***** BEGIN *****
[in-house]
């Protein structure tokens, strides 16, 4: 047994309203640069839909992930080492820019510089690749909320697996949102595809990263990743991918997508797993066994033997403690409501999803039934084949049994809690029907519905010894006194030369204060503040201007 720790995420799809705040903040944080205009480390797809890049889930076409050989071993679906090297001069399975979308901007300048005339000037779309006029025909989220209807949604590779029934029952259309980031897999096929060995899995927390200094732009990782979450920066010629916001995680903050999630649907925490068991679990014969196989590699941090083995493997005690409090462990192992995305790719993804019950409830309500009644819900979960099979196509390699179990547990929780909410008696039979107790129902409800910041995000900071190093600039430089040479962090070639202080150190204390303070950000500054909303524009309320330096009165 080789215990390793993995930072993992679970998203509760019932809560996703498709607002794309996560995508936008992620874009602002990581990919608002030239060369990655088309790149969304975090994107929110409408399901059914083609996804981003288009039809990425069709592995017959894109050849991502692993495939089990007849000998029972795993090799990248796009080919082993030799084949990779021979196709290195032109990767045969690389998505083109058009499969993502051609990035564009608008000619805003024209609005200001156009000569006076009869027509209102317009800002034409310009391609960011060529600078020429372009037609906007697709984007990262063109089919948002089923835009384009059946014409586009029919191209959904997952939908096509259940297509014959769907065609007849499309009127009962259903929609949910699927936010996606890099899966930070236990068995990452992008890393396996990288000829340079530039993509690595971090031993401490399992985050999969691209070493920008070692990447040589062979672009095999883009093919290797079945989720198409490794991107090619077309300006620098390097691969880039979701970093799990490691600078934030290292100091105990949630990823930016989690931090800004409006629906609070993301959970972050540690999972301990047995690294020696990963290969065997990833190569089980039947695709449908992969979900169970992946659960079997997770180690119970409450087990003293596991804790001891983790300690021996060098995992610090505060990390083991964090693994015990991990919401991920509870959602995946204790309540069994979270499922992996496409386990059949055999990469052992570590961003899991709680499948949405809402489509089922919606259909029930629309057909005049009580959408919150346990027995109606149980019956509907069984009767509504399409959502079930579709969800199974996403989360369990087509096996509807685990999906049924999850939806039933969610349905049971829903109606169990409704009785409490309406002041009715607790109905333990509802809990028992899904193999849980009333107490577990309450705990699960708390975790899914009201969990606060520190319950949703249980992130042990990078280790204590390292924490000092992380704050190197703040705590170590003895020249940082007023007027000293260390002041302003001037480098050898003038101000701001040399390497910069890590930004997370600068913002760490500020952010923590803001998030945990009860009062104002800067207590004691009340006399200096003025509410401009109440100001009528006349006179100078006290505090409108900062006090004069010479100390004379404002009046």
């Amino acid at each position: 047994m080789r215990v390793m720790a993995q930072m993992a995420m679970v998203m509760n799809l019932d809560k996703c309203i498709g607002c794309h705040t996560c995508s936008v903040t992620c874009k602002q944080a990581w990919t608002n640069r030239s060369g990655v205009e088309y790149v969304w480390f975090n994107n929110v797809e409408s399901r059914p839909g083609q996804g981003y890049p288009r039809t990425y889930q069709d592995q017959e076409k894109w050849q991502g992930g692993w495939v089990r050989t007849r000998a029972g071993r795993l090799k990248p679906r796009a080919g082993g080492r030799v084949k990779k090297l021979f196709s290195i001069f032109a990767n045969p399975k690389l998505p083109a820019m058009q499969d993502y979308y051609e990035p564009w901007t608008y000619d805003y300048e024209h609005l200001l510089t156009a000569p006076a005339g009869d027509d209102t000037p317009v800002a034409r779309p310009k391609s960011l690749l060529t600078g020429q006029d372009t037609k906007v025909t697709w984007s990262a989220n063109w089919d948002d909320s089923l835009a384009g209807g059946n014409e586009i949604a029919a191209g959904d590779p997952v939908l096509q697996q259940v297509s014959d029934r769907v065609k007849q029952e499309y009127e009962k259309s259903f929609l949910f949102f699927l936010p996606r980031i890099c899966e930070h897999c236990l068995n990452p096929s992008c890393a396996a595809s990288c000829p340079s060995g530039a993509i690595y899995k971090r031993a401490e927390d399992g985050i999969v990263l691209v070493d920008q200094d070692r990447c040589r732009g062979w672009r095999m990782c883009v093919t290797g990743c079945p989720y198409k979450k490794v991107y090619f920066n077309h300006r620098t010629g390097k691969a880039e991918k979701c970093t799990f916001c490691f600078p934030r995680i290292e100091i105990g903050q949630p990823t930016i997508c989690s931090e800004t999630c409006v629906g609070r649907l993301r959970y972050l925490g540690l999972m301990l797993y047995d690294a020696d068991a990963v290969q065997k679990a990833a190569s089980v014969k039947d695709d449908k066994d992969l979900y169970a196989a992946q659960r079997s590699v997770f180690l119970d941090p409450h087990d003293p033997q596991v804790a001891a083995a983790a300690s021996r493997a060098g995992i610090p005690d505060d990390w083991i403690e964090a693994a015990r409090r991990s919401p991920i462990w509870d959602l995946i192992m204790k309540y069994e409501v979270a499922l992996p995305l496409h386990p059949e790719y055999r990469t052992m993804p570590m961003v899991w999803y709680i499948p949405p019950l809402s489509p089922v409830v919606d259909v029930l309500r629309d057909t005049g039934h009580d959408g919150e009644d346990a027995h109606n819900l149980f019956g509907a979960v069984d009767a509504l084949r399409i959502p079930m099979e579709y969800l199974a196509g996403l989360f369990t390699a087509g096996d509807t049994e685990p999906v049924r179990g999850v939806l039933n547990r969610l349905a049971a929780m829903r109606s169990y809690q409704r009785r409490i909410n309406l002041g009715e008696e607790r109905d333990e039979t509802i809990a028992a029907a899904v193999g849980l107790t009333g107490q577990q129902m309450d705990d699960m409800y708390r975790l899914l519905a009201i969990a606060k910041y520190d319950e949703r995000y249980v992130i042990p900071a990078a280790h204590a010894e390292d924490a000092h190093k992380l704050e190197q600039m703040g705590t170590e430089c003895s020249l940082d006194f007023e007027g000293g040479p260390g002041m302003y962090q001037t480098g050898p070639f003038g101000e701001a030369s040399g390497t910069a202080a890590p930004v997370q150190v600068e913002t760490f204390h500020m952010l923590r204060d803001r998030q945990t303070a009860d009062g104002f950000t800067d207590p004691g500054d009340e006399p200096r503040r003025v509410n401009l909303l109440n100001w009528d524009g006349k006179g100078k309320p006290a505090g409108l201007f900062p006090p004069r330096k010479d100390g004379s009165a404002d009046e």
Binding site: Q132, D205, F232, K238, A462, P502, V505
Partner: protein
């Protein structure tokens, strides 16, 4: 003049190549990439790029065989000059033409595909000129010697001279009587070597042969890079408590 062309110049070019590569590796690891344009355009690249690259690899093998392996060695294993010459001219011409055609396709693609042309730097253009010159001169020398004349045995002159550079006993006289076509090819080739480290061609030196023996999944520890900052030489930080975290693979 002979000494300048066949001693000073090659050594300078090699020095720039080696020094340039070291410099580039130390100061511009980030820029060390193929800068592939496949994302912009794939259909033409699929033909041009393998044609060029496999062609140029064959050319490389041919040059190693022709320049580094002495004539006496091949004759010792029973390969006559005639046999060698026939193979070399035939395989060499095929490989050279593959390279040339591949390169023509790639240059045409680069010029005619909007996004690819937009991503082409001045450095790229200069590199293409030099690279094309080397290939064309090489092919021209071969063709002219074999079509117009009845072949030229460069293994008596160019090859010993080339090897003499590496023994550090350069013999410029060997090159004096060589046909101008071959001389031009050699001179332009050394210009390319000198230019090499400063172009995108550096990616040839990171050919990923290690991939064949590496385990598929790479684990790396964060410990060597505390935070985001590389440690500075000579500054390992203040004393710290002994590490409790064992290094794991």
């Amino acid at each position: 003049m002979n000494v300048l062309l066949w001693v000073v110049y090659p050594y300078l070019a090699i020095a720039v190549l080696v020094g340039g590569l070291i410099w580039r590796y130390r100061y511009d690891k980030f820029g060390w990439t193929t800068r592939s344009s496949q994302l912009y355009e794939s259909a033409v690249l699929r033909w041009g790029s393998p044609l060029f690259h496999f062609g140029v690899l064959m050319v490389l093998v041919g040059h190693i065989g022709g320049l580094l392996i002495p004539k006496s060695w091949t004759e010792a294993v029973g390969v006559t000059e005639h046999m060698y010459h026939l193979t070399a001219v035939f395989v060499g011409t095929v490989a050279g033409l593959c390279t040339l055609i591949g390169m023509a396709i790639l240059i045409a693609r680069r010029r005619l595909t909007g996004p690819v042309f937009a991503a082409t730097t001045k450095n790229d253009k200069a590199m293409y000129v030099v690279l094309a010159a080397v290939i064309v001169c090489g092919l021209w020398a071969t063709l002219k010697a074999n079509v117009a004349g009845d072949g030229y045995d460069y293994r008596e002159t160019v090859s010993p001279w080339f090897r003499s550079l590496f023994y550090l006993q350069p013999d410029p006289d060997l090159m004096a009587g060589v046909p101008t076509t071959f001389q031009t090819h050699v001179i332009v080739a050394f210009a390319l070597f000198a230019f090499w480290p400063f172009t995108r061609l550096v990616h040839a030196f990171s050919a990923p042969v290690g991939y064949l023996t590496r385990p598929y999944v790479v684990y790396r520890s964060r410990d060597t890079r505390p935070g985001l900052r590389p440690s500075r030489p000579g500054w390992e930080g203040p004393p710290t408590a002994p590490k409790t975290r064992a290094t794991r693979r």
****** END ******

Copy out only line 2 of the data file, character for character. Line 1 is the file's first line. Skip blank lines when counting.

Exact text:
């Protein structure tokens, strides 16, 4: 047994309203640069839909992930080492820019510089690749909320697996949102595809990263990743991918997508797993066994033997403690409501999803039934084949049994809690029907519905010894006194030369204060503040201007 720790995420799809705040903040944080205009480390797809890049889930076409050989071993679906090297001069399975979308901007300048005339000037779309006029025909989220209807949604590779029934029952259309980031897999096929060995899995927390200094732009990782979450920066010629916001995680903050999630649907925490068991679990014969196989590699941090083995493997005690409090462990192992995305790719993804019950409830309500009644819900979960099979196509390699179990547990929780909410008696039979107790129902409800910041995000900071190093600039430089040479962090070639202080150190204390303070950000500054909303524009309320330096009165 080789215990390793993995930072993992679970998203509760019932809560996703498709607002794309996560995508936008992620874009602002990581990919608002030239060369990655088309790149969304975090994107929110409408399901059914083609996804981003288009039809990425069709592995017959894109050849991502692993495939089990007849000998029972795993090799990248796009080919082993030799084949990779021979196709290195032109990767045969690389998505083109058009499969993502051609990035564009608008000619805003024209609005200001156009000569006076009869027509209102317009800002034409310009391609960011060529600078020429372009037609906007697709984007990262063109089919948002089923835009384009059946014409586009029919191209959904997952939908096509259940297509014959769907065609007849499309009127009962259903929609949910699927936010996606890099899966930070236990068995990452992008890393396996990288000829340079530039993509690595971090031993401490399992985050999969691209070493920008070692990447040589062979672009095999883009093919290797079945989720198409490794991107090619077309300006620098390097691969880039979701970093799990490691600078934030290292100091105990949630990823930016989690931090800004409006629906609070993301959970972050540690999972301990047995690294020696990963290969065997990833190569089980039947695709449908992969979900169970992946659960079997997770180690119970409450087990003293596991804790001891983790300690021996060098995992610090505060990390083991964090693994015990991990919401991920509870959602995946204790309540069994979270499922992996496409386990059949055999990469052992570590961003899991709680499948949405809402489509089922919606259909029930629309057909005049009580959408919150346990027995109606149980019956509907069984009767509504399409959502079930579709969800199974996403989360369990087509096996509807685990999906049924999850939806039933969610349905049971829903109606169990409704009785409490309406002041009715607790109905333990509802809990028992899904193999849980009333107490577990309450705990699960708390975790899914009201969990606060520190319950949703249980992130042990990078280790204590390292924490000092992380704050190197703040705590170590003895020249940082007023007027000293260390002041302003001037480098050898003038101000701001040399390497910069890590930004997370600068913002760490500020952010923590803001998030945990009860009062104002800067207590004691009340006399200096003025509410401009109440100001009528006349006179100078006290505090409108900062006090004069010479100390004379404002009046």